In some embodiments, each subpath definition includes a sequence of color transitions for that subpath. The sequence of color transitions includes the region colors associated with each side of the subpath. For example, the sequence of color transitions for subpath b->c of path 208 include blue and lack of color. The (bounded) region to the left of subpath b->c is blue. The (unbounded) region to the right of subpath b->c is not associated with a color. Color, as used herein, refers to any attribute of a region, path, or subpath. In any of these examples, other attributes can be used, including, but not limited to, filling with color, absence of color, a pattern (e.g., hatching), a texture, a gradient, a portion of an image, or an abstract attribute, such as an identifier. For each path definition, an indication of whether the path was recently inserted, erased (marked for deletion), or invariant (did not change) could be stored. In some embodiments, a gap line is a path, and an indication of whether the path is a gap line is stored. The artwork representation is more fully described in U.S. patent application Ser. No. 11/109,495 entitled MODIFYING A PATH IN A DRAWING filed Apr. 19, 2005, which is incorporated herein by reference for all purposes.

A user may then decide to delete path 212. For example, the user could click on path 212 with a mouse and hit the delete key on a keyboard. In drawing 212, path 212 is marked as deleted, as indicated by the dashed line. For example, path 212 can be marked as deleted by indicating in its path definition that it is erased, as described above. In some embodiments, gap line 210 is automatically marked as deleted.

The drawing is analyzed for gaps. In this case, no gaps are found. In drawing 254, path 212 is deleted and paths 206 and 208 now enclose only one region 230. In some embodiments, the color of region 230 is determined based on a set of color assignment rules, as more fully described in MODIFYING A PATH IN A DRAWING, which was previously incorporated by reference. For example, the rules may specify that region 230 is assigned the color of region 218 or region 220, based on the relative areas of regions 218 and 220. If the area of region 218 is greater, then region 230 is assigned the color of region 218 (blue). If the area of region 220 is greater, then region 230 is assigned the color of region 220 (green).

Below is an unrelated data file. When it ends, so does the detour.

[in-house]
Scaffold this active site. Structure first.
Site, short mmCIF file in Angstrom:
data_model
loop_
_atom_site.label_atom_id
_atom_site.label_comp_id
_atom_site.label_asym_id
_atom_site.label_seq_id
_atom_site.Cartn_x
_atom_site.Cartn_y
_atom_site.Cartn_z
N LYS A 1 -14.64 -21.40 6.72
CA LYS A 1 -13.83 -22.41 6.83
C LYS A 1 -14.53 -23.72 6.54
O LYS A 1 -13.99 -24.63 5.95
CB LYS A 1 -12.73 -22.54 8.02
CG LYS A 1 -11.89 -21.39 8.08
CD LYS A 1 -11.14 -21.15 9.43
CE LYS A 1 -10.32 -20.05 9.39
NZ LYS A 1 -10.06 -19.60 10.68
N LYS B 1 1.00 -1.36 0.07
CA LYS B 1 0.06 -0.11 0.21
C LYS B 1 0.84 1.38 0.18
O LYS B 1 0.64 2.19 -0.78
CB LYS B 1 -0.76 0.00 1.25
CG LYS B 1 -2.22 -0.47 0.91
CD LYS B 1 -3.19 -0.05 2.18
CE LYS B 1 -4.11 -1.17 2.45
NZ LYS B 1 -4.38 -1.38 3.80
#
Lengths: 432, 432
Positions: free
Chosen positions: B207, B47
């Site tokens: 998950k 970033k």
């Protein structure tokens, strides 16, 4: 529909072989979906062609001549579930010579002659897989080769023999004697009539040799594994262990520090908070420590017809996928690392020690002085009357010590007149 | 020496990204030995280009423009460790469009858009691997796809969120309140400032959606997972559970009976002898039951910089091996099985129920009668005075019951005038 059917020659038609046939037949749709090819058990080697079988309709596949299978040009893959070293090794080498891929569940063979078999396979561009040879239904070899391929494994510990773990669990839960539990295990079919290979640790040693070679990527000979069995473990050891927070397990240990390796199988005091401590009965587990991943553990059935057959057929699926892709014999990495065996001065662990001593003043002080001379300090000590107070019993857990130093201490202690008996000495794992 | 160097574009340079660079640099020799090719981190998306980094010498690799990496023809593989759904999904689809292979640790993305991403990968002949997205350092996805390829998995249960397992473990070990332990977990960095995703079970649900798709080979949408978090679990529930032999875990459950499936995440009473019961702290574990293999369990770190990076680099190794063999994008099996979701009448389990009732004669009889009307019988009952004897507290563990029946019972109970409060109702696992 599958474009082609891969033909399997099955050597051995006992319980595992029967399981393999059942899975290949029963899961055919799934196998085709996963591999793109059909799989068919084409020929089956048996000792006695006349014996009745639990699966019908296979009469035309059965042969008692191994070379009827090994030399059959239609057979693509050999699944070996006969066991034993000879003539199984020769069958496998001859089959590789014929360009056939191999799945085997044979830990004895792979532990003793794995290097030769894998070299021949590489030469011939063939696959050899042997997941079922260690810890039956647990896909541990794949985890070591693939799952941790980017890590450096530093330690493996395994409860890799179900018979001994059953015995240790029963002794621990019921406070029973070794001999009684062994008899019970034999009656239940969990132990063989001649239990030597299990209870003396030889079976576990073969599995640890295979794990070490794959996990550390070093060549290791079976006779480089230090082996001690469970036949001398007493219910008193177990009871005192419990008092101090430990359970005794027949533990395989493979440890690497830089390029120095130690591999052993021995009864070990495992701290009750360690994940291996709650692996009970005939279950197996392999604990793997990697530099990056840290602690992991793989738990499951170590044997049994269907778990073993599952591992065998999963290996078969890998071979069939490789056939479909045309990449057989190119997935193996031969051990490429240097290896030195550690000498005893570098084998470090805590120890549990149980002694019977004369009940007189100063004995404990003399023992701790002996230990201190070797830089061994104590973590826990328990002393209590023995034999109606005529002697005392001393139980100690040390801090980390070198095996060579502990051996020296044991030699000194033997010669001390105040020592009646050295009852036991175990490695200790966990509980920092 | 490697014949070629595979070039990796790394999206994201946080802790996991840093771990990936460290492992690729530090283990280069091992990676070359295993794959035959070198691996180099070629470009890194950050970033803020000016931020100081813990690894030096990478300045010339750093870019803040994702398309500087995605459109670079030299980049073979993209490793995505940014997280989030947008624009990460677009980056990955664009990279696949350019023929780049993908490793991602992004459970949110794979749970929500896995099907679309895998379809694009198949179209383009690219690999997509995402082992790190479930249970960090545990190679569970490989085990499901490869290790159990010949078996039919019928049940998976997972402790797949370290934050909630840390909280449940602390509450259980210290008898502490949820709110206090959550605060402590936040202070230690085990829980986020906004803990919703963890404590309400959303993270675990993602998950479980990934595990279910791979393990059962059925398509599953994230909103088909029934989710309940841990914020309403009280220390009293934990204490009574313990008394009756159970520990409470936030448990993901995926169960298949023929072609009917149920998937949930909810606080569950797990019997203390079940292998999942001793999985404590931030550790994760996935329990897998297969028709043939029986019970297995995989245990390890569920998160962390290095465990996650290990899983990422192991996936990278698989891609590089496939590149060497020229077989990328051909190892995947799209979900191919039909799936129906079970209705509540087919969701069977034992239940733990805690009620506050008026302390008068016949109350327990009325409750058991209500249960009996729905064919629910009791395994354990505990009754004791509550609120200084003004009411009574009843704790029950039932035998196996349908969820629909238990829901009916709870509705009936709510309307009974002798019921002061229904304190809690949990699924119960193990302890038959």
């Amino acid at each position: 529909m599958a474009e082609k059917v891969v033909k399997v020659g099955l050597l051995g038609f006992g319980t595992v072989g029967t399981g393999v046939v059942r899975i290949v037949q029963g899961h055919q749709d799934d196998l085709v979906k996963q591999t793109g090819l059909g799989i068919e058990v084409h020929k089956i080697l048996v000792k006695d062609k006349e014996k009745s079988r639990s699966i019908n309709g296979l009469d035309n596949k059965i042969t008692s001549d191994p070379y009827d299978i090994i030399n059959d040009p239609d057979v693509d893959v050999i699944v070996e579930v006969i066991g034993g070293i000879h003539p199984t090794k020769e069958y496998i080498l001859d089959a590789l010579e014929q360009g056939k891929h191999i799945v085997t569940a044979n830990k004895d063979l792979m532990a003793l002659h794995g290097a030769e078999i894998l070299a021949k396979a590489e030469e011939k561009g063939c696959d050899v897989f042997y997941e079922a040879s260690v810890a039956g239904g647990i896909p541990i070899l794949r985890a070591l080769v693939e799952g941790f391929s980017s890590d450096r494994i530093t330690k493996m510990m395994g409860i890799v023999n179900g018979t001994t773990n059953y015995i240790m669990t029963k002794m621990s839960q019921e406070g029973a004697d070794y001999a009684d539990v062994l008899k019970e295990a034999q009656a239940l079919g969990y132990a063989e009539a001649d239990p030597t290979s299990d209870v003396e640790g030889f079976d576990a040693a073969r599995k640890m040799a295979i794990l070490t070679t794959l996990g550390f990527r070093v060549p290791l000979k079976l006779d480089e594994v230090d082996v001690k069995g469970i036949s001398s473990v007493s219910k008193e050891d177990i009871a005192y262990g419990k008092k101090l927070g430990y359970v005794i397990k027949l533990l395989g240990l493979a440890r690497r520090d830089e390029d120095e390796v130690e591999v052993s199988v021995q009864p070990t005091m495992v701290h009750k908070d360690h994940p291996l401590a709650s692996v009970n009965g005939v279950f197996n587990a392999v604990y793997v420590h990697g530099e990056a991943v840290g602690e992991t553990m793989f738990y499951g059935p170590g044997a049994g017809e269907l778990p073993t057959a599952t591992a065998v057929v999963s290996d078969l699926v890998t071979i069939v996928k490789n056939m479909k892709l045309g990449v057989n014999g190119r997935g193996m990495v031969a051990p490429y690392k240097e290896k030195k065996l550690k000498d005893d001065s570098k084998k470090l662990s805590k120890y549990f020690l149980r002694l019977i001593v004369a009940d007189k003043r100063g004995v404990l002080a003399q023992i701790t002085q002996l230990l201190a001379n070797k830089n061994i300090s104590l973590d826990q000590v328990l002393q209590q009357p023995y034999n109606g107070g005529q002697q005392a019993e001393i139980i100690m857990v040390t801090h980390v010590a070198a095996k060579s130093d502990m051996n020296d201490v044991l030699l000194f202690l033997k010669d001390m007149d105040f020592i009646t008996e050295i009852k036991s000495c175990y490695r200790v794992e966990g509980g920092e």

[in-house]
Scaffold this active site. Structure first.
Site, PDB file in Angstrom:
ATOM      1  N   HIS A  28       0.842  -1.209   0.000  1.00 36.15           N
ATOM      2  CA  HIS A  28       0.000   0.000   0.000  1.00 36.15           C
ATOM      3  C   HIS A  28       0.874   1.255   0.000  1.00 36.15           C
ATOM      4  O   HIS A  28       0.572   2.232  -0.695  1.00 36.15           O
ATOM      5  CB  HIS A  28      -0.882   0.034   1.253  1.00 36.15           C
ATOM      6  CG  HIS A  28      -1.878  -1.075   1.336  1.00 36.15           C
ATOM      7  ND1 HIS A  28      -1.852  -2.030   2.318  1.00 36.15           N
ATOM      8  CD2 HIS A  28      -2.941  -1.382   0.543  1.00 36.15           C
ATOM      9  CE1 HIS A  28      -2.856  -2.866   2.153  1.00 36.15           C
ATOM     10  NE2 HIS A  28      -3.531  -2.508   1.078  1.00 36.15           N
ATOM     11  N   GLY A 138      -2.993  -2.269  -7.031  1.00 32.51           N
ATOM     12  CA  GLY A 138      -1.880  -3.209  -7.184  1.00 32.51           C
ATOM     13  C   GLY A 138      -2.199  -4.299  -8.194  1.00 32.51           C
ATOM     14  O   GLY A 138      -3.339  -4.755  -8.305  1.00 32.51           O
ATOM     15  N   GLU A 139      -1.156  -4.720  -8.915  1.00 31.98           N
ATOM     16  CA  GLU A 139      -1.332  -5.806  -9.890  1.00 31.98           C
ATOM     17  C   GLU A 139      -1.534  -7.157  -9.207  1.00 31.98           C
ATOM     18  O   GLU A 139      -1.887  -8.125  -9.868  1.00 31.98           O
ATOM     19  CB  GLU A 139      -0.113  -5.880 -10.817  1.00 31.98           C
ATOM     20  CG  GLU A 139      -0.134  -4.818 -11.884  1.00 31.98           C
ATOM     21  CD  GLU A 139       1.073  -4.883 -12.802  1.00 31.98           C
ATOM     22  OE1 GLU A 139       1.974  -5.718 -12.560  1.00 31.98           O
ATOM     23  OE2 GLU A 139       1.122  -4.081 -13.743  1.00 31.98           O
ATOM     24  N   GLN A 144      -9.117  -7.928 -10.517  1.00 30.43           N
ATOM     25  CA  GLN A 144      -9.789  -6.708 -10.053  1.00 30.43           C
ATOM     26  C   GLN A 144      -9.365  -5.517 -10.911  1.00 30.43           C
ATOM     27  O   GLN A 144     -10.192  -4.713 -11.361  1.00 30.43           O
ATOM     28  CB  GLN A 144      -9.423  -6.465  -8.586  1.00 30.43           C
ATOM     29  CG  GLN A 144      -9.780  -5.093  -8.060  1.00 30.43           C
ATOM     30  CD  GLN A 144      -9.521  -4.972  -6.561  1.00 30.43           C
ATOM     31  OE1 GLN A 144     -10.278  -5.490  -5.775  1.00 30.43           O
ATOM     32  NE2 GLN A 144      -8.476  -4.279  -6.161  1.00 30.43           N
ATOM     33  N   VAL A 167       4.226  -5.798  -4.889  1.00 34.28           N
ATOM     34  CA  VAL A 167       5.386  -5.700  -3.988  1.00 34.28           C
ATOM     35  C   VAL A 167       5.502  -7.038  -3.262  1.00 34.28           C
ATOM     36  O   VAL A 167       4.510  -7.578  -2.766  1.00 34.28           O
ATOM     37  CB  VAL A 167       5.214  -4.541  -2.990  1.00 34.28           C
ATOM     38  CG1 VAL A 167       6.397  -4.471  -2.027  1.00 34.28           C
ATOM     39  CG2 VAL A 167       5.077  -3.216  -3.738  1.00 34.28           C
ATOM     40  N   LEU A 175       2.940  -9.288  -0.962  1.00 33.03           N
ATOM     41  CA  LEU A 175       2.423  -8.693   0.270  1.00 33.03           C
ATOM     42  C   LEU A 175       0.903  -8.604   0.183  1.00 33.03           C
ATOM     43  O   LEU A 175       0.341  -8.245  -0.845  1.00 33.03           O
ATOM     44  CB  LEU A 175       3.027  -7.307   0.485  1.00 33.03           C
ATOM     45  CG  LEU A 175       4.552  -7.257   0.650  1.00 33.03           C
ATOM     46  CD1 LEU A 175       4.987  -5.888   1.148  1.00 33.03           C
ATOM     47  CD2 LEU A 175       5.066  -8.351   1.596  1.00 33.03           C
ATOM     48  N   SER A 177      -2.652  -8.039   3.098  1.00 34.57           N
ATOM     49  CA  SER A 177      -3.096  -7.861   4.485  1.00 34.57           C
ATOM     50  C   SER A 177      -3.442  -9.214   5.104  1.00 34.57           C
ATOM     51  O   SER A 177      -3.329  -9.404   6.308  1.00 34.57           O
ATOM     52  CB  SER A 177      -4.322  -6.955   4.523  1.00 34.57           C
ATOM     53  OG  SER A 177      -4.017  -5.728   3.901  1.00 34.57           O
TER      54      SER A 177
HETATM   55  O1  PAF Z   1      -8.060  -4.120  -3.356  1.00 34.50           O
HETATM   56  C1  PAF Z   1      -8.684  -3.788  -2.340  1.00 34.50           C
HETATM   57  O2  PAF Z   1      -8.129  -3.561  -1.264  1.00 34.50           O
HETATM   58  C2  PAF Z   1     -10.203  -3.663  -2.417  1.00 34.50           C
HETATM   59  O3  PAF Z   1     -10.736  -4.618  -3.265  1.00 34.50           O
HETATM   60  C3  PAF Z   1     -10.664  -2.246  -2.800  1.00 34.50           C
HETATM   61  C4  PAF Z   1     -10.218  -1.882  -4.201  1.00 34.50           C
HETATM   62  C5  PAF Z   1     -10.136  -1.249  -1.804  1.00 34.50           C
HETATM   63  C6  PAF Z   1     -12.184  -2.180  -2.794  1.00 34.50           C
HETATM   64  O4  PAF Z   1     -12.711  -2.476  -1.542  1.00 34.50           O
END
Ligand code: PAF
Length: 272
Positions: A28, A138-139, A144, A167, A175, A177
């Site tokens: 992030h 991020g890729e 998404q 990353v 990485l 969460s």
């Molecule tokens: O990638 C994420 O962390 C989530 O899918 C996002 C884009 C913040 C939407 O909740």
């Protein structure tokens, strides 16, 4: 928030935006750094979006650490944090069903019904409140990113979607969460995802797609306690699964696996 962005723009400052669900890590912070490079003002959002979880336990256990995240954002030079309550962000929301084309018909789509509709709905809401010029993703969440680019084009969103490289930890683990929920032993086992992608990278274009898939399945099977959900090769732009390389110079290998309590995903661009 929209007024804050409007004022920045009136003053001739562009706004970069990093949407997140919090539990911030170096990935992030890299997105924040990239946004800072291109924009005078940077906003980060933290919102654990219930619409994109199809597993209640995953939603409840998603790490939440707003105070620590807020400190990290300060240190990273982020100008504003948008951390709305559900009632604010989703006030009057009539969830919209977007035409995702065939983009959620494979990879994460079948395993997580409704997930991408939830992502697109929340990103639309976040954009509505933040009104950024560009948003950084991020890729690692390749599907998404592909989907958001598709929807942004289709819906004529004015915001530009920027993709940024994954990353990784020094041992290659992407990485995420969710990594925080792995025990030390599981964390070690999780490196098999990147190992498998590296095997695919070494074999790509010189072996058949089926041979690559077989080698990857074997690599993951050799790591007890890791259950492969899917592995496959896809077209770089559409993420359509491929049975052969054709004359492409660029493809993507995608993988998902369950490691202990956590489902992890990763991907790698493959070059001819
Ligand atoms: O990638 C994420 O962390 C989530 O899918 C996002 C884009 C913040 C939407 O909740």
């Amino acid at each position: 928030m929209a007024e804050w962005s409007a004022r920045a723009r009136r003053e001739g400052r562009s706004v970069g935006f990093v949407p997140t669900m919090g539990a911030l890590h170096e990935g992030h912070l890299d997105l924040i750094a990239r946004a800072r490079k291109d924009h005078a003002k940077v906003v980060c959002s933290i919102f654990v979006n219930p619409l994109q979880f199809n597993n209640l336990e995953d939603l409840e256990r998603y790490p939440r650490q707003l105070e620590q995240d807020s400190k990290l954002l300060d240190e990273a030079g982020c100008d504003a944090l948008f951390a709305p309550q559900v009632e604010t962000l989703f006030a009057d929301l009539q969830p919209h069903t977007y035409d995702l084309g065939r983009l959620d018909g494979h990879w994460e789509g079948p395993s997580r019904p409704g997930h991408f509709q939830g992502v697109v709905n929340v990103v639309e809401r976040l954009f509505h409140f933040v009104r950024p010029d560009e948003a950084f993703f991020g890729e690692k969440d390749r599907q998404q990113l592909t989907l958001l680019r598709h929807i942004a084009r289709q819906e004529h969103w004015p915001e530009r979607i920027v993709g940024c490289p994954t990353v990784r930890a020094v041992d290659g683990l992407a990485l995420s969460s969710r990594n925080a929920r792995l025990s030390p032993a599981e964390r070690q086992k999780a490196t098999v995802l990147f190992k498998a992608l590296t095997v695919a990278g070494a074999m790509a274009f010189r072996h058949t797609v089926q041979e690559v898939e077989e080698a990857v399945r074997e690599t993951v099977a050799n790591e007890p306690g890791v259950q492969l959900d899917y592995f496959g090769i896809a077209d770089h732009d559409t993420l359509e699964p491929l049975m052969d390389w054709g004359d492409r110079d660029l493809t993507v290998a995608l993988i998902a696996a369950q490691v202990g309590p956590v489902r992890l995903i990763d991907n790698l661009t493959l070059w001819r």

FIG. 3 is a flowchart illustrating an embodiment of a process for editing a drawing having a gap line. For example, this process may be implemented when deleting path 212 from drawing 250, as shown in FIG. 2. In the example shown, a path is edited (302). Editing includes inserting, deleting, moving, rotating, coloring or modifying one or more paths, subpaths, or intersections in a drawing. An editing tool could be used to edit the drawing. For example, a mouse could be used to select a path, and then drag or rotate the path. The gap line is marked as deleted (304). For example, in FIG. 2, gap line 210 is marked as deleted. In some embodiments, all gap lines are marked as deleted. In addition, deleted line(s) are marked as deleted. For example, in FIG. 2, line 212 is also marked as deleted. The drawing is analyzed for gaps (306). Gaps are detected (308). Various criteria can be used to define gaps. For example, a gap can be defined as a location where a subpath is within a specified distance from the same or another subpath. Any appropriate gap detection method could be used. In some embodiments, gaps are detected as described by M. Gangnet in “Automatic Gap Closing for Freehand Drawing” (Siggraph 1994 Technical Sketch Submission). In some embodiments, gap detection is performed using planar sweeps, as more fully described in U.S. patent application Ser. No. 11/109,836 entitled GAP DETECTION IN A DRAWING filed Apr. 19, 2005, which is incorporated herein by reference for all purposes. In some embodiments, only the portion of the drawing affected by the path edit is analyzed rather than the whole drawing.